The true cost of liver and pancreatic surgery may not be completely ascertained by examining costs associated solely with the index hospitalization. We sought to assess post-discharge costs related to liver and pancreatic surgery after the index hospitalization.
We identified Medicare beneficiaries who underwent liver and pancreatic resection between 2013 and 2015. To assess post-discharge costs, costs were assessed for the following: all inpatient readmissions associated with an operative complication, follow-up outpatient visits with their operating surgeon, and use of skilled nursing facilities, hospice, and home health care within 90 days of discharge.
Among the 21,737 patients who underwent either pancreatic or liver resection, the median cost of the index admission was $20,500 (interquartile range: $16,100-$34,300) (pancreas median: $22,100; interquartile range: $16,800-$36,500 vs liver median: $19,100; interquartile range: $15,100-$29,000). Approximately 30% (n = 6,435) had an all-cause readmission; more than half of readmissions (55.8%; n = 3,589) were related to an operative complication. Skilled nursing facilities and home health care services were utilized by 18.5% (n = 4,016) and 42.6% (n = 9,259) of patients, respectively. In total, nearly 75% of patients had additional, post-discharge hidden costs associated with their operative episode of care (n = 15,733: 72.4%). Male sex (95% confidence interval: 1.15-1.30) and black/African American race (95% confidence interval: 1.02-1.34) were associated with greater odds of post-discharge costs (both <0.05).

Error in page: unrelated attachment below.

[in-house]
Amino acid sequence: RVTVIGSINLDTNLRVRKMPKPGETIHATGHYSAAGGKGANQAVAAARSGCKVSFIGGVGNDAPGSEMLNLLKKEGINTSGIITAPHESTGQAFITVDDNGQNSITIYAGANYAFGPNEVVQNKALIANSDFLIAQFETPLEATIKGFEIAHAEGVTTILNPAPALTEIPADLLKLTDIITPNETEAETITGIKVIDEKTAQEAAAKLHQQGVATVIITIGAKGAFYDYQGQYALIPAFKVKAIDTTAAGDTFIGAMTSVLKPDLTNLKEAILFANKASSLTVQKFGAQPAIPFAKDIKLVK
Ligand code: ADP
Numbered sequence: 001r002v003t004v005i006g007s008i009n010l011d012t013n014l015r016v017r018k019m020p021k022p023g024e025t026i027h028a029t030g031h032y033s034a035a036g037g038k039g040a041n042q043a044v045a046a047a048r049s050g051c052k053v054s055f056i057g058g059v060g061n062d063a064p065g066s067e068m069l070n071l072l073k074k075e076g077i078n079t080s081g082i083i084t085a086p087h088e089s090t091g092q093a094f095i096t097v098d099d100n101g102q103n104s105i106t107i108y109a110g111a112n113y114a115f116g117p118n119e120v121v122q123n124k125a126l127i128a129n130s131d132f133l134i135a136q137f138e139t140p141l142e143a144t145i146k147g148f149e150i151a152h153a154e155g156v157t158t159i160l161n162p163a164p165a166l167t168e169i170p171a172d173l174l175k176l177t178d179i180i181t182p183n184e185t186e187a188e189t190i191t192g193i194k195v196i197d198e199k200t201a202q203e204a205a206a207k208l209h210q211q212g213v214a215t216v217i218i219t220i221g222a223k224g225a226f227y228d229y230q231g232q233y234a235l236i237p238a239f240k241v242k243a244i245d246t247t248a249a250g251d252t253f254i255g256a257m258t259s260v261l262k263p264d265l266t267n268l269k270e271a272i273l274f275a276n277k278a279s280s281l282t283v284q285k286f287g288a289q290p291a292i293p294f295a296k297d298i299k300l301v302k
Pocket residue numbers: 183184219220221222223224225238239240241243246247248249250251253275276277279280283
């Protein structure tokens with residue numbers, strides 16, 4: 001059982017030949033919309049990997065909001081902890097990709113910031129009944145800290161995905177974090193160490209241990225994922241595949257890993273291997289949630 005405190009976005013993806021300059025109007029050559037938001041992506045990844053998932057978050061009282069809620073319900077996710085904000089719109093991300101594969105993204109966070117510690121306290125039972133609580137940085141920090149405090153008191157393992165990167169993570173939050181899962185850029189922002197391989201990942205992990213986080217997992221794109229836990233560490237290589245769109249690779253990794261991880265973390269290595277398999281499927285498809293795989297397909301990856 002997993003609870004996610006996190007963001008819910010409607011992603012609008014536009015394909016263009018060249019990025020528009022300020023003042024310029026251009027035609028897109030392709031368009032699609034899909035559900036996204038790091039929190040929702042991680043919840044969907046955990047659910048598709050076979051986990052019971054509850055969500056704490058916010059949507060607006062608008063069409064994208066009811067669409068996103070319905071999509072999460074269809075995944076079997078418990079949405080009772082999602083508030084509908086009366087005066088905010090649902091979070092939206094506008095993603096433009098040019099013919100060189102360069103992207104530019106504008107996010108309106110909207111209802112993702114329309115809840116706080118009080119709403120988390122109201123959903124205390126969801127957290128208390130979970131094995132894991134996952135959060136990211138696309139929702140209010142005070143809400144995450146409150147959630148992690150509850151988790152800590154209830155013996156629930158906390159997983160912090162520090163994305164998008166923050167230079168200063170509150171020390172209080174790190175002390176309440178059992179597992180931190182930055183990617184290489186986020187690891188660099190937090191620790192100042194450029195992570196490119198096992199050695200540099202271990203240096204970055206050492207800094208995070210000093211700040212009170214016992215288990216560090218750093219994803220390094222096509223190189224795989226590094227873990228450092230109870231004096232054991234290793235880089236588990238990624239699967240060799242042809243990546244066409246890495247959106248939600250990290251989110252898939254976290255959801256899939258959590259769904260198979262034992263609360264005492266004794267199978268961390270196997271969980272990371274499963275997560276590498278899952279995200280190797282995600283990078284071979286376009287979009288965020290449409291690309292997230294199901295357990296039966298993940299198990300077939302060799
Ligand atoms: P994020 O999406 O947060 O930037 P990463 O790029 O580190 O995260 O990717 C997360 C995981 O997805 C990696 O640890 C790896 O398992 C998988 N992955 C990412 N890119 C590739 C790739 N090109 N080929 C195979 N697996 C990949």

Nearly 3 out of 4 patients who underwent a liver or pancreatic resection had post-discharge costs. Male and black/African American patients had greater odds of incurring post-discharge costs. As payers move to more bundled care payment models, strategies aimed at bending the cost curve associated with both the in-hospital, as well as the post-discharge setting, are needed.

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